Among those areas which have made substantial improvements are Walsall, which is up 25% to 73%, Sunderland, up 18% to 67% and Manchester where 58% of charities submitted their accounts on time, an increase of 15%.
Also on the list were Plymouth, Southend-on-Sea, Bristol, Llandrindod Wells and Slough, which all registered success rates of 70% or greater, making healthy improvements on 2001.
Overall, the submission rate rose to 69% from 65% a year ago, meaning that 45,000 of 65,000 charities submitted their accounts within their ten-month deadline.
These results are part of the commission’s Accounts Aren’t Optional campaign, which has included the setting up of a web-based postcode detector, enabling donors to run checks on local charities’ records online.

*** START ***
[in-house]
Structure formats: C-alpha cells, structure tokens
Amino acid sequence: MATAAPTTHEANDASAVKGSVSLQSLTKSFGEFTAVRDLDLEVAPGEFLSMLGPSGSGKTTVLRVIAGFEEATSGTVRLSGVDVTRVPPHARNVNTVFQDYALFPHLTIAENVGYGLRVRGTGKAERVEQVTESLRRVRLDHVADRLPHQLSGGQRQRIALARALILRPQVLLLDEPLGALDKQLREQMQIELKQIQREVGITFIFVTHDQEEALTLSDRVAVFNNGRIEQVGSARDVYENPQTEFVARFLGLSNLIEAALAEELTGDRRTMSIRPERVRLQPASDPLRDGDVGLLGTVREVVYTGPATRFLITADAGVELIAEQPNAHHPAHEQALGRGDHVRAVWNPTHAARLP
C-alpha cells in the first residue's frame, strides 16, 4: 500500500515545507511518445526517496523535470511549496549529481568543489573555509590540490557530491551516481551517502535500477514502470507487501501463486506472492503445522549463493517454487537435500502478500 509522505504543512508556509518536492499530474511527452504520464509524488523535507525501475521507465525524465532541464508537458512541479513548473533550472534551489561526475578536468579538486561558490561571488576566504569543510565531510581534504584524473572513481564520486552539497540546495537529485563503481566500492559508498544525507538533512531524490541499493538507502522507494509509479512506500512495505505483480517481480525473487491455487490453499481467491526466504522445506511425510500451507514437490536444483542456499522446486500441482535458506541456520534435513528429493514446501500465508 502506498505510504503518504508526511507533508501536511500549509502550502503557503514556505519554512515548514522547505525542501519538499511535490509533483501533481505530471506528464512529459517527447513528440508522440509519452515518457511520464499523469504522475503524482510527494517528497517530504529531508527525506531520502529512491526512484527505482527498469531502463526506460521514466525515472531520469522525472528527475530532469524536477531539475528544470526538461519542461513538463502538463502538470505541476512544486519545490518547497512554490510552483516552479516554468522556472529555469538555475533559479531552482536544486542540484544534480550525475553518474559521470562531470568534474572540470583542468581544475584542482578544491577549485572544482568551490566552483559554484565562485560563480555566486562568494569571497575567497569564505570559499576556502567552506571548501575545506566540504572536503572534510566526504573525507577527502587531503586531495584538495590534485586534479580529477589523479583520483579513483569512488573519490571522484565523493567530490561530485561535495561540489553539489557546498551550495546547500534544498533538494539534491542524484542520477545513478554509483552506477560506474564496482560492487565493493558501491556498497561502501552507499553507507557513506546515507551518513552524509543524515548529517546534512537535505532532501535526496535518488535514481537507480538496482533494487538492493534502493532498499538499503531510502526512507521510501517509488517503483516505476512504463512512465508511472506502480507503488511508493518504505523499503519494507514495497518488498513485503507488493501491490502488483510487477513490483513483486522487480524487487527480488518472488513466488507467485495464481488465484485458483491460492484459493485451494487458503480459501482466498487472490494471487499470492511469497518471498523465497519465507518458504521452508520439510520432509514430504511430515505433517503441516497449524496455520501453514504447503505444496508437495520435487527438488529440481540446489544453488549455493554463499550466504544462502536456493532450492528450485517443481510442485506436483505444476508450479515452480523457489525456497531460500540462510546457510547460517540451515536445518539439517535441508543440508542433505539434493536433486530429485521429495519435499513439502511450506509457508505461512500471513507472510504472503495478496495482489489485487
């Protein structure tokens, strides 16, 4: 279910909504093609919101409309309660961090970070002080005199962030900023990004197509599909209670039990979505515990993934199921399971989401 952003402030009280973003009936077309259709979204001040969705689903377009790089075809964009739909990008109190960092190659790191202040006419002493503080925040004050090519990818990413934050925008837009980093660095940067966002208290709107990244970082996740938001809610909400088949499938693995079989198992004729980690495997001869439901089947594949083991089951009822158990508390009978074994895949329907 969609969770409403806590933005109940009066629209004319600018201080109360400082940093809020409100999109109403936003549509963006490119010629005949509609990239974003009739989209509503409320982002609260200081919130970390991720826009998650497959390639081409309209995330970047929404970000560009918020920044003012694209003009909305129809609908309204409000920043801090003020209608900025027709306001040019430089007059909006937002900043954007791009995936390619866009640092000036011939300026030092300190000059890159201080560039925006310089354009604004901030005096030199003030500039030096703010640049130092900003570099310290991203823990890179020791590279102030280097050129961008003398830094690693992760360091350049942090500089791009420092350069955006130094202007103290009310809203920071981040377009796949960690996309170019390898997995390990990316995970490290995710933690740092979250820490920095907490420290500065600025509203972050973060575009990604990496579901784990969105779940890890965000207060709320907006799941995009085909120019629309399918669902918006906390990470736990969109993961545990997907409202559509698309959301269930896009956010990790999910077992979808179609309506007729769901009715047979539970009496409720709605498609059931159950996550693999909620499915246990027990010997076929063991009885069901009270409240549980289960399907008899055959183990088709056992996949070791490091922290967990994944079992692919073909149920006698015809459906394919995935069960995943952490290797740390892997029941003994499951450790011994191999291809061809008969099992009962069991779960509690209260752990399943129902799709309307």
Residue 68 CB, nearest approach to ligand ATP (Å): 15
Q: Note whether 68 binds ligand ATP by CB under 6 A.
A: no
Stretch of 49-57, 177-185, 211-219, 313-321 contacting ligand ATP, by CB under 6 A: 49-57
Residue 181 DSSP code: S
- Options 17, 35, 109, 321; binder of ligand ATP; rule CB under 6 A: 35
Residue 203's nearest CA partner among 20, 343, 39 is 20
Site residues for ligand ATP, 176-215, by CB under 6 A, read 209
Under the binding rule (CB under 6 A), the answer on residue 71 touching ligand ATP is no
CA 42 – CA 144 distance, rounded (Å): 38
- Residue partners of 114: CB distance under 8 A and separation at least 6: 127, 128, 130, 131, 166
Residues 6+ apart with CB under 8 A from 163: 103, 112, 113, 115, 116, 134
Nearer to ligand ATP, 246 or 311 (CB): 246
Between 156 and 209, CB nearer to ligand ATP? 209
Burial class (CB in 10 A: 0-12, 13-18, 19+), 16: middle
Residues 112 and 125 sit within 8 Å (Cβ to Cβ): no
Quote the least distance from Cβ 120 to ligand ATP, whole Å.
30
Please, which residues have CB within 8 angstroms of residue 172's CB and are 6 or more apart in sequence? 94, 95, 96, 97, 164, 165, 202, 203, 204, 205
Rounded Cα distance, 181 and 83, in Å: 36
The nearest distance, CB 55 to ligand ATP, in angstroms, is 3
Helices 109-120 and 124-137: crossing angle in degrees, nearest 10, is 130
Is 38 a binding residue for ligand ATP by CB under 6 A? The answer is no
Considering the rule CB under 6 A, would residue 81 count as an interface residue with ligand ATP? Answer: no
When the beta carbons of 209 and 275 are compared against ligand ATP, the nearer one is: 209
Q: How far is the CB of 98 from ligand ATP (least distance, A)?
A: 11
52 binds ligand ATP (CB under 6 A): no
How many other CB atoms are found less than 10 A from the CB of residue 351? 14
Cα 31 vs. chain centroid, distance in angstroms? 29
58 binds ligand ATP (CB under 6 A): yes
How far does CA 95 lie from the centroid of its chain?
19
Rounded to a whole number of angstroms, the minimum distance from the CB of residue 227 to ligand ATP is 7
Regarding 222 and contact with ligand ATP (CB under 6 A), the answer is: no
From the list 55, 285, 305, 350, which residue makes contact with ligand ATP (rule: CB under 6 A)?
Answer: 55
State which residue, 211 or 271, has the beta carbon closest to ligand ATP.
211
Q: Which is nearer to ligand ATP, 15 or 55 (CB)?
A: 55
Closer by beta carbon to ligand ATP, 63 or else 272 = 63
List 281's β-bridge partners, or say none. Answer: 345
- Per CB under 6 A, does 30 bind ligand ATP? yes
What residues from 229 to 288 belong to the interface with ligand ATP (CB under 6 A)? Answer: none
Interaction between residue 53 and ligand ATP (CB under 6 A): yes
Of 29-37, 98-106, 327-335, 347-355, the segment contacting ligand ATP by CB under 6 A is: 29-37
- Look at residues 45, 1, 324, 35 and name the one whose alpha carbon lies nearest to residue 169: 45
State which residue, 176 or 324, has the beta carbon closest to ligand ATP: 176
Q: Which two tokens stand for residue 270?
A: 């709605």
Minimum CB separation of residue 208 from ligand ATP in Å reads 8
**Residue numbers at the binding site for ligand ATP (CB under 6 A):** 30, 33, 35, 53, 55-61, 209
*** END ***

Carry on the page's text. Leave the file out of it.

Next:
Charity Commission director of operations Simon Gillespie said: ‘The public have a right to know that charity donations are well spent and they are entitled to ask questions, especially to charities which haven’t sent their books in on time.’
Charities that do not submit their accounts on time face the threat of an investigation from the Charity Commission. It has the power to suspend trustees and employees, freeze bank accounts, prohibit further fund-raising and appoint a receiver manager to run the charity instead of the trustees.
Mark McMullen joins the private client services team from Smith & Williamson
Merger between Clear & Lane Chartered Accountants and Magma Chartered Accountants was finalised on 3 February
BDO has taken its new partner intake to 23 during the first half of its financial year, including the appointment of five partners in five weeks
The firm reports 7.6% global fee income growth for the year ending 31 December 2016